Law Professors

Harvard law prof claims reporter sexually harassed him, twisted facts in 'gullible man' story

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Bruce Hay, a professor at Harvard Law School, has filed a lawsuit alleging that he was sexually harassed by a New York Magazine reporter who gained his confidence, manipulated him and portrayed him as a gullible victim in the article that she wrote.

Hay’s lawsuit, filed Aug. 5 in the Southern District of New York, claims that reporter Kera Bolonik portrayed him as a “credulous, hapless victim” of two women he was involved with, report Law360 and the Volokh Conspiracy.

Hay was embroiled in an “escalating legal conflict” with the women, “facilitated by individuals who had an interest in driving them apart,” according to Hay’s suit. Although he came to think that he was a victim of the women, Hay says, he later realized that he was mistaken.

Bolonik’s July 2019 article was titled, “The Most Gullible Man in Cambridge: A Harvard law professor who teaches a class on judgment wouldn’t seem like an obvious mark, would he?”

The story made Hay, a civil procedure professor, the object of ridicule and damaged his reputation, according to the complaint.

Hay says he was a source, a fact-checker and a legal consultant for the article during many months of reporting in which Bolonik “flouted the interpersonal boundaries normally observed by professional journalists.”

Hay’s suit says he qualifies as a consultant or a service provider to the magazine, giving him protections from sexual harassment under the New York Human Rights Law. He also alleges breach of an agreement to work with Bolonik on an article that “would meet the high standards of professional investigative journalism long associated” with New York Magazine.

The suit also alleges defamation and violation of the duty of good faith and fair dealing.

Hay claims that Bolonik “frequently crossed the line into sexual harassment” by contacting him almost daily and “insinuating herself into his personal life and trying to draw him into hers. She shared inappropriate details about her sexual relationship with her domestic partner, her romantic history and her sex life and pressed him to provide equivalent information about himself.”

Bolonik deflected Hay’s discomfort by reassuring him that she was “exclusively lesbian,” while telling him that she cared about him, the lawsuit says.

“Bolonik proceeded to use plaintiff’s trust and confidence to manipulate and exploit him and also to prevent him from seeing how badly he was being used by her and New York Media,” the suit says.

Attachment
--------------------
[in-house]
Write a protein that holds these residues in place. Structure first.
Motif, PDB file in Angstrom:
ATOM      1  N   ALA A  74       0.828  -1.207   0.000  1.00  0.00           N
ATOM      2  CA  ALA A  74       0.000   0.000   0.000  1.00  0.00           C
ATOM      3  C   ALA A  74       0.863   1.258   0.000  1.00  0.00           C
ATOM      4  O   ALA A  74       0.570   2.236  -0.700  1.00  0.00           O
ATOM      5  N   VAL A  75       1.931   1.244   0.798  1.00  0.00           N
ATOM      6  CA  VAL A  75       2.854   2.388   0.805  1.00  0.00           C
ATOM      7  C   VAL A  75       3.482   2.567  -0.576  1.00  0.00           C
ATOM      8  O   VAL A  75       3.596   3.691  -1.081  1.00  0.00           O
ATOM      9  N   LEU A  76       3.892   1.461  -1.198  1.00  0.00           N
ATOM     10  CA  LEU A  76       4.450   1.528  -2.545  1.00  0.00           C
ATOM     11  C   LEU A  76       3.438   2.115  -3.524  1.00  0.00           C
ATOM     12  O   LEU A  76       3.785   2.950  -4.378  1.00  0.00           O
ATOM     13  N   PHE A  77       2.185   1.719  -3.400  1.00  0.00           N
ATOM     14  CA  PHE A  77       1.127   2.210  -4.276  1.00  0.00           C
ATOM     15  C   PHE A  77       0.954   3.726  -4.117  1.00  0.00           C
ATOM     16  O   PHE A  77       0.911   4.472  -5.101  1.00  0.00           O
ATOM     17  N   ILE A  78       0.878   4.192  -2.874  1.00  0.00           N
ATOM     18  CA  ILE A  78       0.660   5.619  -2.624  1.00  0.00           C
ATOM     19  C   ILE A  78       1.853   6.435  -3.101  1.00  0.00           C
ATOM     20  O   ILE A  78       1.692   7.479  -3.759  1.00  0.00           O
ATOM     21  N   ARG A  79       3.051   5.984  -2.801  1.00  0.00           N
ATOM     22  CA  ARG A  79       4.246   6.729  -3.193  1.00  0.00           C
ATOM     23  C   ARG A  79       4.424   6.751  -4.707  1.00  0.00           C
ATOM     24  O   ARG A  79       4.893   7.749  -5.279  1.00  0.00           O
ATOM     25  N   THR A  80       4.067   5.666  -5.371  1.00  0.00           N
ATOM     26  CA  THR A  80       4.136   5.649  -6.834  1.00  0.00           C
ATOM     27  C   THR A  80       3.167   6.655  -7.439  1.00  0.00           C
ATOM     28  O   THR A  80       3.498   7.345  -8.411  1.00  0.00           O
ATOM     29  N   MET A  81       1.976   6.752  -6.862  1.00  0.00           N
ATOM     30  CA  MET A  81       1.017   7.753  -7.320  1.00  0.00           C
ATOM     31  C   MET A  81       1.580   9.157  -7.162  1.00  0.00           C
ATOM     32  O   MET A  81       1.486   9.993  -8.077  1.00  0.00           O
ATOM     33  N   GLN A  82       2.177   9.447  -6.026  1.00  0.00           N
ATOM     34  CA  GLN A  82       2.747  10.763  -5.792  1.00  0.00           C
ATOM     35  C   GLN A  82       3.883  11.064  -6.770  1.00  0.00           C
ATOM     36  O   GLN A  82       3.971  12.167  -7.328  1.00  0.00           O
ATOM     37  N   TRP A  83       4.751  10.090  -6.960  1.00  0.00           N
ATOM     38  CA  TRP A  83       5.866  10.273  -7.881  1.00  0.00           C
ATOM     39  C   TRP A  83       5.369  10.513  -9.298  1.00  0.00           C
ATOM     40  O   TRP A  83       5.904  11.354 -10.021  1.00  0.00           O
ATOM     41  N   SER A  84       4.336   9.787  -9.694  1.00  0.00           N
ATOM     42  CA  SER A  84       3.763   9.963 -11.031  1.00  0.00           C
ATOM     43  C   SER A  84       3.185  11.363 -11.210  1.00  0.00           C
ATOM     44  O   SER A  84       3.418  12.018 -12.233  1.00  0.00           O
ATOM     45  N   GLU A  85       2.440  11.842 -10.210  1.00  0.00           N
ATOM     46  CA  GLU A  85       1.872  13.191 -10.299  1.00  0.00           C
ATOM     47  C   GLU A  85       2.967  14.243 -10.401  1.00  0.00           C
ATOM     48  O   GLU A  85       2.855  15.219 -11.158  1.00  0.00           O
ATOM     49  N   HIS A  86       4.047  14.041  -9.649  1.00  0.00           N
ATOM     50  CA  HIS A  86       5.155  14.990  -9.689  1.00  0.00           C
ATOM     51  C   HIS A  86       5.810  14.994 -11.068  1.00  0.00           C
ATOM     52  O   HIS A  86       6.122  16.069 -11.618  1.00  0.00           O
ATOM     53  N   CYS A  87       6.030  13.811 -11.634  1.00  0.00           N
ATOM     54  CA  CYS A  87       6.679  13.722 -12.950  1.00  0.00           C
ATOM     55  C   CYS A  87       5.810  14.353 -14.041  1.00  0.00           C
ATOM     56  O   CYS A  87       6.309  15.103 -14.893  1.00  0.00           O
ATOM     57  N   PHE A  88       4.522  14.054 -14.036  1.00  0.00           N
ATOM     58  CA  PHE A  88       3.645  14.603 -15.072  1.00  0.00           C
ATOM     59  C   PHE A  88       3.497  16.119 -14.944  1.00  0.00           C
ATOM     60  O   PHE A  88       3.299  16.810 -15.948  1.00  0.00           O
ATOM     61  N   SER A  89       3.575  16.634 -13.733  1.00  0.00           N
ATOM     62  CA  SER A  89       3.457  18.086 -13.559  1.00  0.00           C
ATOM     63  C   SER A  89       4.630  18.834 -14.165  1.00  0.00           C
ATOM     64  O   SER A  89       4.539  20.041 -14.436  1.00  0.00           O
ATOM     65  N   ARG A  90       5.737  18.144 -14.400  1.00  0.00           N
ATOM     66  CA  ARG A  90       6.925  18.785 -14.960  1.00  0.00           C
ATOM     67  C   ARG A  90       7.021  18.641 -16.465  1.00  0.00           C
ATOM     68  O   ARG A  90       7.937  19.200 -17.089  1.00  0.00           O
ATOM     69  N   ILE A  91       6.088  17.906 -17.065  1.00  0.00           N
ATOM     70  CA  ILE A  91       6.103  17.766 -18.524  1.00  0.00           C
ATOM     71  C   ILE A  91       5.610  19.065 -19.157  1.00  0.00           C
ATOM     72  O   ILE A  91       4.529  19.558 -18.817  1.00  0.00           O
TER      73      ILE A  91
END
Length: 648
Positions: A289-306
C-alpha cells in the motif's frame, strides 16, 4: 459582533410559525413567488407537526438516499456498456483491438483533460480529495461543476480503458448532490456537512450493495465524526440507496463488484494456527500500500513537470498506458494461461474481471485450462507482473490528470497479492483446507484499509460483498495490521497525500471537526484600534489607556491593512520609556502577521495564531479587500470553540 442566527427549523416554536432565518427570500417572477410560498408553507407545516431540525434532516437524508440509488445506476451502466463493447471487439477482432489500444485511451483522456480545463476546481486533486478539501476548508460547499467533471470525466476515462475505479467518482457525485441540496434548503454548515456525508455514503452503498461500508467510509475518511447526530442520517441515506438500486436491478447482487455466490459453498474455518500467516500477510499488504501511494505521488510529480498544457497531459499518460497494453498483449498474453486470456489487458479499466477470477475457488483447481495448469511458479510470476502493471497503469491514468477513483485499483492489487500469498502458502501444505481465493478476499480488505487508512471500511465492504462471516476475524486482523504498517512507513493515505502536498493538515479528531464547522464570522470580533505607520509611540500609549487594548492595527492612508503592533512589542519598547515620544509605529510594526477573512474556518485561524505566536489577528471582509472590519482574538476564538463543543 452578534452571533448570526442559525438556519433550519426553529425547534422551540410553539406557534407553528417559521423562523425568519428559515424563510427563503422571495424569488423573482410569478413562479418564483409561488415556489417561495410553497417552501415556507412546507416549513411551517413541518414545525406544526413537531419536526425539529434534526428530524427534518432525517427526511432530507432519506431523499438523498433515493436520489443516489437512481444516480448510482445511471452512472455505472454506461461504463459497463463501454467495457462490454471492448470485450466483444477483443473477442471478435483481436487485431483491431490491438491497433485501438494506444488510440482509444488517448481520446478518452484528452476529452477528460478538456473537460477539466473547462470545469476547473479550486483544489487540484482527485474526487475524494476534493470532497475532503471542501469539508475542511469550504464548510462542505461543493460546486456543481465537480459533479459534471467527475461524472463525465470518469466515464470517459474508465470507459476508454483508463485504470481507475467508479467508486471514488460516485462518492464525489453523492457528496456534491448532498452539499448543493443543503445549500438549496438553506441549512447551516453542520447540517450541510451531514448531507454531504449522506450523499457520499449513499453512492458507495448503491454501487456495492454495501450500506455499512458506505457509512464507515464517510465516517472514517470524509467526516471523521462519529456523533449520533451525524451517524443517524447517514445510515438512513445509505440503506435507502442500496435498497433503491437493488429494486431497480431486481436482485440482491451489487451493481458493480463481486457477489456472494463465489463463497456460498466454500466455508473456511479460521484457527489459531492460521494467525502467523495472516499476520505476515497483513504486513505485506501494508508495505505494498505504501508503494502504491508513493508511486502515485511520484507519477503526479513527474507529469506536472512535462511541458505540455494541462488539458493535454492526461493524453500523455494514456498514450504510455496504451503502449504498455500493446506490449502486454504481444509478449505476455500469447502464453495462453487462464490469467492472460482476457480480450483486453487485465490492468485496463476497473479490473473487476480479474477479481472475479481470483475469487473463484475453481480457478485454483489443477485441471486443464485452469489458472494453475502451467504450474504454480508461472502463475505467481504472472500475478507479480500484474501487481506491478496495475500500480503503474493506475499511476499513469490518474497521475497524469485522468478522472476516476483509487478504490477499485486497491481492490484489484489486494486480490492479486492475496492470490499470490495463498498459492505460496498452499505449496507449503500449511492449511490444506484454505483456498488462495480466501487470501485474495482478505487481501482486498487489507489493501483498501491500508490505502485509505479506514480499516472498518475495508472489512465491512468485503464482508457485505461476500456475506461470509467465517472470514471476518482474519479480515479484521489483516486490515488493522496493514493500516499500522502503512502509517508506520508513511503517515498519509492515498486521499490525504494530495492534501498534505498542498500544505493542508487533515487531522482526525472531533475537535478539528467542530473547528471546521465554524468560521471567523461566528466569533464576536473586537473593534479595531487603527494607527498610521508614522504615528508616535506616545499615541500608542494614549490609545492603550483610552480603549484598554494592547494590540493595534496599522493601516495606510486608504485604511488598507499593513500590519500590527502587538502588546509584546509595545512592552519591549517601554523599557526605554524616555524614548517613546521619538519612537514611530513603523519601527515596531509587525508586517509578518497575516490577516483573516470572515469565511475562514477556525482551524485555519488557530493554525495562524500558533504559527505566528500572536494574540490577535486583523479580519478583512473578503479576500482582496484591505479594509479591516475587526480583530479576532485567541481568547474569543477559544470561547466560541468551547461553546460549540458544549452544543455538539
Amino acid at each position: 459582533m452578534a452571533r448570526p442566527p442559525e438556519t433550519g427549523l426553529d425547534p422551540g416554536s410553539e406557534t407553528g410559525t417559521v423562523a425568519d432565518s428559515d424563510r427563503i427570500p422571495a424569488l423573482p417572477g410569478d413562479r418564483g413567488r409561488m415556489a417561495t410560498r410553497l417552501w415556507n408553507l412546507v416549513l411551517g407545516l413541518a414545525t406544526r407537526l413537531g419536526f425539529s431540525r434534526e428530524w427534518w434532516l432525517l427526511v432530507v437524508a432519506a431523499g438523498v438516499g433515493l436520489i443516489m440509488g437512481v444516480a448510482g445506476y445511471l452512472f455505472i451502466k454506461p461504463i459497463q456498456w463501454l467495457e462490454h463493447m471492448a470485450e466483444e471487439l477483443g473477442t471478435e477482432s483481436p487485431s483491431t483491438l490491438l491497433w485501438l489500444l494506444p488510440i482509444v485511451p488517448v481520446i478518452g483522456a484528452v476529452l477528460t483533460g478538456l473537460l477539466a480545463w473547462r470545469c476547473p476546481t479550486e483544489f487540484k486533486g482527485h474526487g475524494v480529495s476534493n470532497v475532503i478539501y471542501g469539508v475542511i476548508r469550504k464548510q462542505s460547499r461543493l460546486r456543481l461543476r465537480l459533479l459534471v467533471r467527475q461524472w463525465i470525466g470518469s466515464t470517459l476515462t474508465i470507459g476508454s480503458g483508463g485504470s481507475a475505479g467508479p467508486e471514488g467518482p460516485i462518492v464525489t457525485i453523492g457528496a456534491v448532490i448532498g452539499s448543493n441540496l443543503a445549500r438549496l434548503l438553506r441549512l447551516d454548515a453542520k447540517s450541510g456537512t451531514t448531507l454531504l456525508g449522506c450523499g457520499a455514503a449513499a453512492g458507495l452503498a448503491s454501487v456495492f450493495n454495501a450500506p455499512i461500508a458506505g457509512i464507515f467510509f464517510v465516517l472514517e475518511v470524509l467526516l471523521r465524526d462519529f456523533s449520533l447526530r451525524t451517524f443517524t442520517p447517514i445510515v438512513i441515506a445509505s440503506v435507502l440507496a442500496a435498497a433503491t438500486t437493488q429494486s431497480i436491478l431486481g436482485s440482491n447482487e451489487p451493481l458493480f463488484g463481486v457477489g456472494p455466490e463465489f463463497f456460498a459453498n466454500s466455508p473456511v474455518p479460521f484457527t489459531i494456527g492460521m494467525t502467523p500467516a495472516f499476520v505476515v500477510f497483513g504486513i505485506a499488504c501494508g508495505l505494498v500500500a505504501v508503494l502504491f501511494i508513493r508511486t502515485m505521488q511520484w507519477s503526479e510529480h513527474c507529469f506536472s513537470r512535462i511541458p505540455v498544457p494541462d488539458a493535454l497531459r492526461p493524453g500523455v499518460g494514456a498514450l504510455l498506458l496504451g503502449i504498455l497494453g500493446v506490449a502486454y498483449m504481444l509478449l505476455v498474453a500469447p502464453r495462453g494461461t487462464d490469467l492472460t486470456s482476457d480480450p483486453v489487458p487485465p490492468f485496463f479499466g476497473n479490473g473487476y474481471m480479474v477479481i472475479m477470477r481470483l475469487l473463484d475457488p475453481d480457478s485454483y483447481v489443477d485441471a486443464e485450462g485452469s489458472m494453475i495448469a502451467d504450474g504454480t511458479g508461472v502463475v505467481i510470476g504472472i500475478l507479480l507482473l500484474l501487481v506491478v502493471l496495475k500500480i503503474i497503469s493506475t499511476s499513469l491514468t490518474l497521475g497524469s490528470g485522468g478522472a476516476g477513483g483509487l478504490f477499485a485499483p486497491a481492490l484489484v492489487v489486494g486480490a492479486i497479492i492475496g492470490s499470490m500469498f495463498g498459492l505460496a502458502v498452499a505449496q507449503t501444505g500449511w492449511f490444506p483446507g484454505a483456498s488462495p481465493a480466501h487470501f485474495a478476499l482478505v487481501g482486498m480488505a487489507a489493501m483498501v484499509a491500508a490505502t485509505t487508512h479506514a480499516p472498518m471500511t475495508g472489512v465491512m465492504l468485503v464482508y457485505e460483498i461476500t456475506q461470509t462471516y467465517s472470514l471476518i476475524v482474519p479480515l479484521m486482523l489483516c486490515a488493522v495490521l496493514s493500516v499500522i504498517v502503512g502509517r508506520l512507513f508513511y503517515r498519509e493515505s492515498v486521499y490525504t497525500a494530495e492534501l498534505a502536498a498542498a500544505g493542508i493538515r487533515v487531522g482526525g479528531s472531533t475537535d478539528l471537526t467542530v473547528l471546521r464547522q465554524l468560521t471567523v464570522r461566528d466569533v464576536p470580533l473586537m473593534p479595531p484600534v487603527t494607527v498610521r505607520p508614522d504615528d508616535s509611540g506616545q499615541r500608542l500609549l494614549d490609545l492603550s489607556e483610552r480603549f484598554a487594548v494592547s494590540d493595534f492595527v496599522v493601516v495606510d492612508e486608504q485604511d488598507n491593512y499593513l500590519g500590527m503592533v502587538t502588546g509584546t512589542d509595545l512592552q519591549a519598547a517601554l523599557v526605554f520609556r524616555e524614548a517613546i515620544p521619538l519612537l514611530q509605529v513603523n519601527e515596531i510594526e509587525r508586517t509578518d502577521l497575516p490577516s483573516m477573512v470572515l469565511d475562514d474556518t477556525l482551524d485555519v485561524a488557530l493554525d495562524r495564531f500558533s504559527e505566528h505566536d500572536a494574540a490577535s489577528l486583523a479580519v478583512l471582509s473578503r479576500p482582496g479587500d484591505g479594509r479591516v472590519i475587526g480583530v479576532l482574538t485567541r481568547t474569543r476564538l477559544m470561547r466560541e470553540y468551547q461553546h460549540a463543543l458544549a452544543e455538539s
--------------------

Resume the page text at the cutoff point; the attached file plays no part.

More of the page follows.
Hay contends that Bolonik’s article misrepresented the two women, Maria-Pia Shuman, a cisgender white woman, and her wife, Mischa Shuman, a transgender woman of color, “as scheming, deviant femmes fatales preying on a series of men,” including Hay.

Had the story honored the agreement with Hay, the suit says, it would have revealed that the women “are the victims of a predatory campaign to demonize them for their gender nonconformity.” The story would have revealed that a “criminal” label affixed to the women was “the product of a prejudice-driven effort to weaponize law enforcement,” according to the suit.

The article allegedly mischaracterized a July 2017 incident in which the two women had refused to leave the home that Hay shared with his ex-wife. Hay’s ex-wife had responded with a suit to eject the two women.

“Contrary to the articles’ defamatory assertions,” the suit says, the women “did not invade or steal plaintiff’s house, and they also did not move into it in order to extort him.”

More litigation followed, fueled in part by Hay’s mistaken belief that he was among a trail of victims falsely accused of fathering one of the women’s children. The women also sued Hay, and one of them, a Harvard doctoral student, filed a Title IX harassment complaint against him.

“Had they lived up to their agreement with plaintiff and the trust he placed in them, Bolonik and her editors would have greeted plaintiff’s account of the Shumans and their ‘trail of victims’ with a healthy dose of skepticism, despite the plaintiff’s sincere belief in the account,” the suit says.

“The resulting coverage would have revealed that plaintiff was tragically mistaken about the Shumans.”

Hay labels the article “a Fatal Attraction-inspired piece of pulp fiction masquerading as journalism.”

New York Magazine gave this statement to Law360: “New York Magazine was saddened to see the complaint filed by Bruce Hay. It should be clear to anyone who read the articles, or Mr. Hay’s complaint, that he was a willing source for the story and provided the reporter Kera Bolonik with supporting documents throughout the reporting process. We stand by the article and Kera, who has been writing and editing reported features and essays about LGBTQ and intersectional feminist issues for over 25 years.”

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